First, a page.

The Fear Mongers

I was amazed throughout this incident at the number of people willing to listen to the fear mongers. I specifically addressed Matt Simmons with a couple of posts, but there were lots of others like Mike Ruppert spinning incredibly doomerish scenarios:

I believe that the leaks are devastating for all life in the Gulf and that large portions of the Gulf will be dead zones from seabed to surface within maybe six months. I believe that an announcement of a pending nuclear detonation will come within a week to ten days. I predict that US Continuity of Government provisions will be activated and that FEMA will, before end of summer, be placed in complete control of the Southeast United States… limited martial law.

That was from May 29th. I think people should be held accountable for the things they say and write (myself included), particularly when it impacts large numbers of people. To my knowledge, there has been no mea culpa for just how silly these particular predictions were, but then again you can’t get Ruppert’s nuggets of wisdom for free any more. Shortly after making that prediction he started charging people $10 per month for this stuff.

Gulf Coast residents were terrorized by some of the far-fetched claims, and the media was complicit by continuing to bring people like Simmons on because they could count on him to say jaw-dropping things. But that is irresponsible journalism. Once Simmons started to make some of these claims, the media should have gone out to look for sources to back them up or discredit them. Instead, they continued to bring Simmons on and he continued to make claims that got ever more outrageous.

Speaking of Simmons, I do want to clear up one item. The article that I wrote on Simmons was called Is Matt Simmons Credible? I chose that title for a very specific reason. In that essay, what I did was point to other incidents in which his credibility had been suspect because he was shooting from the hip. It was not my intention to debunk his specific claims in that essay (although I did debunk some earlier claims in a 2008 essay). However, that essay was picked up far and wide and reprinted, and yet that was the complaint some had: “You didn’t actually debunk Simmons’ claims.”

That wasn’t the purpose of that particular essay. I was saying “There is a history here, so treat those claims skeptically.” It was a general warning against some of the things that were being said — or might be said in the future. On the other hand, the article that I co-authored at The Oil Drum — A Critical Examination of Matt Simmons’ Claims on the Deepwater Spillwas a debunking. The following claims of Simmons were addressed:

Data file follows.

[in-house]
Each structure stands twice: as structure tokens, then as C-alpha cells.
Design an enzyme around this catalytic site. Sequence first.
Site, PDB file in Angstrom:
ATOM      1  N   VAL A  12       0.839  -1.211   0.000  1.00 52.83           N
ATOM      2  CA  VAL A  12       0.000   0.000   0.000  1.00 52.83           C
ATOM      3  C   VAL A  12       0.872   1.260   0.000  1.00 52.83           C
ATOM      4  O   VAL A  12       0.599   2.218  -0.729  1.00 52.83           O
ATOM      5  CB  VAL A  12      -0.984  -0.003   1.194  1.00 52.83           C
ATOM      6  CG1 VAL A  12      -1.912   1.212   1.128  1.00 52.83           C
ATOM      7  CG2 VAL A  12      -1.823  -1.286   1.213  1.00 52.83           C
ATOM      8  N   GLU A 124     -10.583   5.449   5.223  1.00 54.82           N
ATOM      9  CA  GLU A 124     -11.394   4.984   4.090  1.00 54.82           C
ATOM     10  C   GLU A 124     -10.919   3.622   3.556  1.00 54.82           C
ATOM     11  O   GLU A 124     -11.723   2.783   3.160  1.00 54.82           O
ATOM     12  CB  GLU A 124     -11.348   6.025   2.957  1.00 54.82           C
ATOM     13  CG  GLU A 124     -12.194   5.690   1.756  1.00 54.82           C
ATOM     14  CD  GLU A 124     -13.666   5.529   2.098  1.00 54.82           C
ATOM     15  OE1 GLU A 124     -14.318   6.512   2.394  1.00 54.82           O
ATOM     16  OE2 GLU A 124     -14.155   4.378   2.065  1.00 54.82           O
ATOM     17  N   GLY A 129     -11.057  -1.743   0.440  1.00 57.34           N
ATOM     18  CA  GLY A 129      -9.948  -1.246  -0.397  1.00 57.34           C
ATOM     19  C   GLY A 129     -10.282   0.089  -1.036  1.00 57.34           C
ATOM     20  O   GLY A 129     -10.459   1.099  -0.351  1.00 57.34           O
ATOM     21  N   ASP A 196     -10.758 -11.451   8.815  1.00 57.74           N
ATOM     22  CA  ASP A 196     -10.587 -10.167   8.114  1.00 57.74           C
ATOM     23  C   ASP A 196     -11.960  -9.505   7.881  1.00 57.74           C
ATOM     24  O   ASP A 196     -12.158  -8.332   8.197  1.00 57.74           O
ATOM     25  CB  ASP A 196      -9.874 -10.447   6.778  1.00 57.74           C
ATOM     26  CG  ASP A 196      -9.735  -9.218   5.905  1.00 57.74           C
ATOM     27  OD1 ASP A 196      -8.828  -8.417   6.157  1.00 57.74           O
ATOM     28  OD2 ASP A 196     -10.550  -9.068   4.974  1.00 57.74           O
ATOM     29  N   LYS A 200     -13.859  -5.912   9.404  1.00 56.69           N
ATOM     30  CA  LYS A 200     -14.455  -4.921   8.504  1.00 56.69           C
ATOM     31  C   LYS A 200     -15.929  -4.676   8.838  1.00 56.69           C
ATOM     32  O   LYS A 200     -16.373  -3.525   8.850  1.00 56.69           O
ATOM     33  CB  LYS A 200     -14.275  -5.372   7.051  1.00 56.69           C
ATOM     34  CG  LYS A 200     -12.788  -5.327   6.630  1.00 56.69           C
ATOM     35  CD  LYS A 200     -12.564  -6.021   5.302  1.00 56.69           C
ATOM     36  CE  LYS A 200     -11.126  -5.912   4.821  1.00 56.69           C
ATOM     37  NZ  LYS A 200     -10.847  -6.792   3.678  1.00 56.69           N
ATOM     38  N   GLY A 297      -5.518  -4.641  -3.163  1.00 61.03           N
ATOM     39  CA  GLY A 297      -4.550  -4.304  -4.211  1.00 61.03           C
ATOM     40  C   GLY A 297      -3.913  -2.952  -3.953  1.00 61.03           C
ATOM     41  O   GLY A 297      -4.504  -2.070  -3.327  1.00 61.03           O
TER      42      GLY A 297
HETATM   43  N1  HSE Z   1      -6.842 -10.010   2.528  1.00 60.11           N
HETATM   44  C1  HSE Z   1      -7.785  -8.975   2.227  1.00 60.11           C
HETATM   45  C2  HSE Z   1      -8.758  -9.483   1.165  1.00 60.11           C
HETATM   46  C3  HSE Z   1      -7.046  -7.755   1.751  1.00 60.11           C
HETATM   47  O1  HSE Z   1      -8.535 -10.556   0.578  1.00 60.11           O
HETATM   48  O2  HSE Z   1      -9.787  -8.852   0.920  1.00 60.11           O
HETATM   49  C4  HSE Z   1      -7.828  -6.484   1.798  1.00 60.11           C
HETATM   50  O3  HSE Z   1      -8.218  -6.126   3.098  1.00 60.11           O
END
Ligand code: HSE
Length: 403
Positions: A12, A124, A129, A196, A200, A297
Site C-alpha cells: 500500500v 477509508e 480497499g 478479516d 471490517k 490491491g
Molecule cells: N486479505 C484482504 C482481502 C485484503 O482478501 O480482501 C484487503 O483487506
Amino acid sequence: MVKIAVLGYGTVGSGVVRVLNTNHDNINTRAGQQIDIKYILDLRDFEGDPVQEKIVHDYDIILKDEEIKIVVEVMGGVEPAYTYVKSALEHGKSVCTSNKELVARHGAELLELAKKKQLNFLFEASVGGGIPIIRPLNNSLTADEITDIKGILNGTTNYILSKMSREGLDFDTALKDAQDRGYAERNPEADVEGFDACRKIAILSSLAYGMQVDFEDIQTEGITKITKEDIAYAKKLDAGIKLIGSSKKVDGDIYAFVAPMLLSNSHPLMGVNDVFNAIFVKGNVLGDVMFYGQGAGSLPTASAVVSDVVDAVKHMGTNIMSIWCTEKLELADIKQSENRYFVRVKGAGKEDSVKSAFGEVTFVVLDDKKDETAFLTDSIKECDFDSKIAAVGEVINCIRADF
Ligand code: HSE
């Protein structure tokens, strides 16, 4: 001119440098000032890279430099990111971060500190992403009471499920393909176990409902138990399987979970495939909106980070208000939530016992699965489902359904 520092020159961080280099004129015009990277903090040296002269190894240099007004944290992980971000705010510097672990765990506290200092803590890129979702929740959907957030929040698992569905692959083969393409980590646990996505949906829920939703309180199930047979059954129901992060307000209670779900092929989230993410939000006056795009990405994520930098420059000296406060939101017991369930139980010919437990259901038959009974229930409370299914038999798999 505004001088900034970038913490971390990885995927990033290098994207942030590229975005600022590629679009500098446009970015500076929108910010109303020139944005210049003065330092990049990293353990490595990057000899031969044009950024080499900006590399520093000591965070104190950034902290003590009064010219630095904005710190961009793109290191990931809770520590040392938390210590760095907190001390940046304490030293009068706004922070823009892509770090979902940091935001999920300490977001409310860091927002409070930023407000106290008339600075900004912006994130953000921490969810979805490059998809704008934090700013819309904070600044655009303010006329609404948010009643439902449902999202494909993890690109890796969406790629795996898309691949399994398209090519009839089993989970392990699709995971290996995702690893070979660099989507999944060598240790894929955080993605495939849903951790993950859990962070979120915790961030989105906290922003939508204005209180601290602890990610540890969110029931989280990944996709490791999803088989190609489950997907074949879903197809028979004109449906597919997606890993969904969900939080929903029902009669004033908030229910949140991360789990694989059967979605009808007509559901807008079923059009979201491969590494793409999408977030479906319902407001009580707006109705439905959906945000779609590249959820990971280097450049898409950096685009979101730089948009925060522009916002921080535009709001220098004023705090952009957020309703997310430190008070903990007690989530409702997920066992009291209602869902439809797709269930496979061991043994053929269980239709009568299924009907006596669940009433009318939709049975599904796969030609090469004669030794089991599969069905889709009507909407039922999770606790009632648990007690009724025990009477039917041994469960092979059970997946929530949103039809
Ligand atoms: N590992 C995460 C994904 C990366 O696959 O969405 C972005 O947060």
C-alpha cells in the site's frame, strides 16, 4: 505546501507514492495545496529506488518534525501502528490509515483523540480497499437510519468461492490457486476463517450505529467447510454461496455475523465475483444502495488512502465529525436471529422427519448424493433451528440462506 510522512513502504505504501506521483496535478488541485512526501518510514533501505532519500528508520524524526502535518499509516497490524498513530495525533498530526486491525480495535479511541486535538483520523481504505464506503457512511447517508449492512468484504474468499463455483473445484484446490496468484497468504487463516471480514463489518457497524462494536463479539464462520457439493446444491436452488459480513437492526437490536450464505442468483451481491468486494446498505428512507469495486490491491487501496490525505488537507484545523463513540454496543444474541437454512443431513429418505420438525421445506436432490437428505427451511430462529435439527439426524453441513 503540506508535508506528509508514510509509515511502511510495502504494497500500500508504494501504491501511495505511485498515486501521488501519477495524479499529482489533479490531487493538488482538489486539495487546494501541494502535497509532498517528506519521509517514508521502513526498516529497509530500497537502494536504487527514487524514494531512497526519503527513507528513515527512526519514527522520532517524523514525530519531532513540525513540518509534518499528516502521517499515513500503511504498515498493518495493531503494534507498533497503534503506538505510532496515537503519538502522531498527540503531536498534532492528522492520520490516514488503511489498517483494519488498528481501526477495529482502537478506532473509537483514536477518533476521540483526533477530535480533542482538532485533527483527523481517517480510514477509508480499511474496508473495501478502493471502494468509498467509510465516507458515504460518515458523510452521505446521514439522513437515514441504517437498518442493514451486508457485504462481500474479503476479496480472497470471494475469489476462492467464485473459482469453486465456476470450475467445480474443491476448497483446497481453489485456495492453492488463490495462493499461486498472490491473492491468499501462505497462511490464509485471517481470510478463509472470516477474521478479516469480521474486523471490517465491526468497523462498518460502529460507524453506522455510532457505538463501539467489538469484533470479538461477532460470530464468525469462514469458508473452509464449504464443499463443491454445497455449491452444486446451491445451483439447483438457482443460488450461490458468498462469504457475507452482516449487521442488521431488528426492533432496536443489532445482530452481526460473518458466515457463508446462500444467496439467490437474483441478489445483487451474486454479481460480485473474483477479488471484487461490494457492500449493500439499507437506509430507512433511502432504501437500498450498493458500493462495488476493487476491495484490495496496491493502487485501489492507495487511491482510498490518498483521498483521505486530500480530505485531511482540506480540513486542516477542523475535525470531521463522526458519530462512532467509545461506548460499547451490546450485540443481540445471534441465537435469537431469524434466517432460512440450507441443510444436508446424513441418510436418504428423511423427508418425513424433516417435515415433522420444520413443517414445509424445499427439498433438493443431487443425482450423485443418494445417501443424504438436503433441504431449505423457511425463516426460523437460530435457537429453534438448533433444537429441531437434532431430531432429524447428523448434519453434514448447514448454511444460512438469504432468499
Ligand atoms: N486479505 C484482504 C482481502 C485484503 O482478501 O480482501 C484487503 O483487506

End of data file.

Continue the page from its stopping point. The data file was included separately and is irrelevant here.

1. The real leak is seven miles away.
  2. Oil is flowing at 120,000 barrels/day.
  3. The real spill has caused a lake of oil larger than Washington state.
  4. Methane is lethal and toxic.
  5. Use of a small bore nuclear device is the “only option” to stop the flow of oil.

In my opinion, each claim was thoroughly debunked. Some were of course errors of fact and didn’t require a lengthy rebuttal: Methane is not toxic, and it is certainly not more toxic than hydrogen sulfide (which is highly toxic) as Simmons claimed. Yet some still wanted to give Simmons all benefit of the doubt based on his history as a popular peak oil spokesmen. My view on that matter is simple: Sacred cows are for religions, and they impede fact-based discussions.

Conclusions

This story will continue to play out for years, and there are many lessons learned. Some are obvious, but there is one that I hope we won’t soon forget: The reason that companies like BP develop oil reserves in such extreme environments is that consumers demand the cheapest gasoline they can find. The oil industry does what they do to make money, but as long as we continue to line up for the product they provide, we all bear responsibility for oil-related externalities.

  1. By Benny BND Cole on August 4, 2010 at 7:41 pm

    I enjoyed this commentary by RR. I have to especially agree with the sentiment as long as you drive a car (and I do) you can’t waa-waa too much about oil drilling. As comedian Bill Maher once asked, “If you could solve global warming, but you would have to give up the remote to your TV, would you do it?”
    I have been a supporter of offshore drilling, with the proviso that offshore Palm Beach FL, and Newport Beach CA. be drilled extensively and immediately.
    Is there something truly hypocritical about Floridians voting in Republicans, and then banning offshore drilling in their state? But still demanding gasoline at the pump?
    But after the BP spill, my acceptance of offshore drilling has gone down. I had assumed the industry had already developed a rapid response team. Evidently, there was basically zero idea what to do for several weeks. Even more oddly, apparently better skimming equipment is being developed as we speak! I welcome innovation, but jeez, some of this stuff should be proven by now through industry testing.